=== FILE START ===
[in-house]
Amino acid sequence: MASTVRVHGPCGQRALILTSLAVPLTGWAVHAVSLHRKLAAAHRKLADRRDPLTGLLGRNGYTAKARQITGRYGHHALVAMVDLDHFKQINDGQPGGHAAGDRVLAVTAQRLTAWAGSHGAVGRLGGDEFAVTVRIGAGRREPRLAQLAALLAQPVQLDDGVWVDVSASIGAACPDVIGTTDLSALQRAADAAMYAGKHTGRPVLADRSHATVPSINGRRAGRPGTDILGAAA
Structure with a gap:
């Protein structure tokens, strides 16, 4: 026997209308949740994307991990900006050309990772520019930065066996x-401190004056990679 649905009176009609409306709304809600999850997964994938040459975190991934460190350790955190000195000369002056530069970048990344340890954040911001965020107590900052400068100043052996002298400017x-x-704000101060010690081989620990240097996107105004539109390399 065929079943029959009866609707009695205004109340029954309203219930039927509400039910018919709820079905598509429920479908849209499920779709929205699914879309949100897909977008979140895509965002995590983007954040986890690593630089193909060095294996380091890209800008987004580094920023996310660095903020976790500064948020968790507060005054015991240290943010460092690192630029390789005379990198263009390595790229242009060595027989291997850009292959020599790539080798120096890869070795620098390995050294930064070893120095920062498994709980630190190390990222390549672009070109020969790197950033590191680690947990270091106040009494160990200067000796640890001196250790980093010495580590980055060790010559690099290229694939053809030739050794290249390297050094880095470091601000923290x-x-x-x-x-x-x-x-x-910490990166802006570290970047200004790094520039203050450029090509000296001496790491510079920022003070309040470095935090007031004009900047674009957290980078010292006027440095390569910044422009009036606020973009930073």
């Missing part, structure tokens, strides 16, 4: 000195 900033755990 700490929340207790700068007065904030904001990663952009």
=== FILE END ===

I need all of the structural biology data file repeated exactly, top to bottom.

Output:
[in-house]
Amino acid sequence: MASTVRVHGPCGQRALILTSLAVPLTGWAVHAVSLHRKLAAAHRKLADRRDPLTGLLGRNGYTAKARQITGRYGHHALVAMVDLDHFKQINDGQPGGHAAGDRVLAVTAQRLTAWAGSHGAVGRLGGDEFAVTVRIGAGRREPRLAQLAALLAQPVQLDDGVWVDVSASIGAACPDVIGTTDLSALQRAADAAMYAGKHTGRPVLADRSHATVPSINGRRAGRPGTDILGAAA
Structure with a gap:
């Protein structure tokens, strides 16, 4: 026997209308949740994307991990900006050309990772520019930065066996x-401190004056990679 649905009176009609409306709304809600999850997964994938040459975190991934460190350790955190000195000369002056530069970048990344340890954040911001965020107590900052400068100043052996002298400017x-x-704000101060010690081989620990240097996107105004539109390399 065929079943029959009866609707009695205004109340029954309203219930039927509400039910018919709820079905598509429920479908849209499920779709929205699914879309949100897909977008979140895509965002995590983007954040986890690593630089193909060095294996380091890209800008987004580094920023996310660095903020976790500064948020968790507060005054015991240290943010460092690192630029390789005379990198263009390595790229242009060595027989291997850009292959020599790539080798120096890869070795620098390995050294930064070893120095920062498994709980630190190390990222390549672009070109020969790197950033590191680690947990270091106040009494160990200067000796640890001196250790980093010495580590980055060790010559690099290229694939053809030739050794290249390297050094880095470091601000923290x-x-x-x-x-x-x-x-x-910490990166802006570290970047200004790094520039203050450029090509000296001496790491510079920022003070309040470095935090007031004009900047674009957290980078010292006027440095390569910044422009009036606020973009930073």
């Missing part, structure tokens, strides 16, 4: 000195 900033755990 700490929340207790700068007065904030904001990663952009």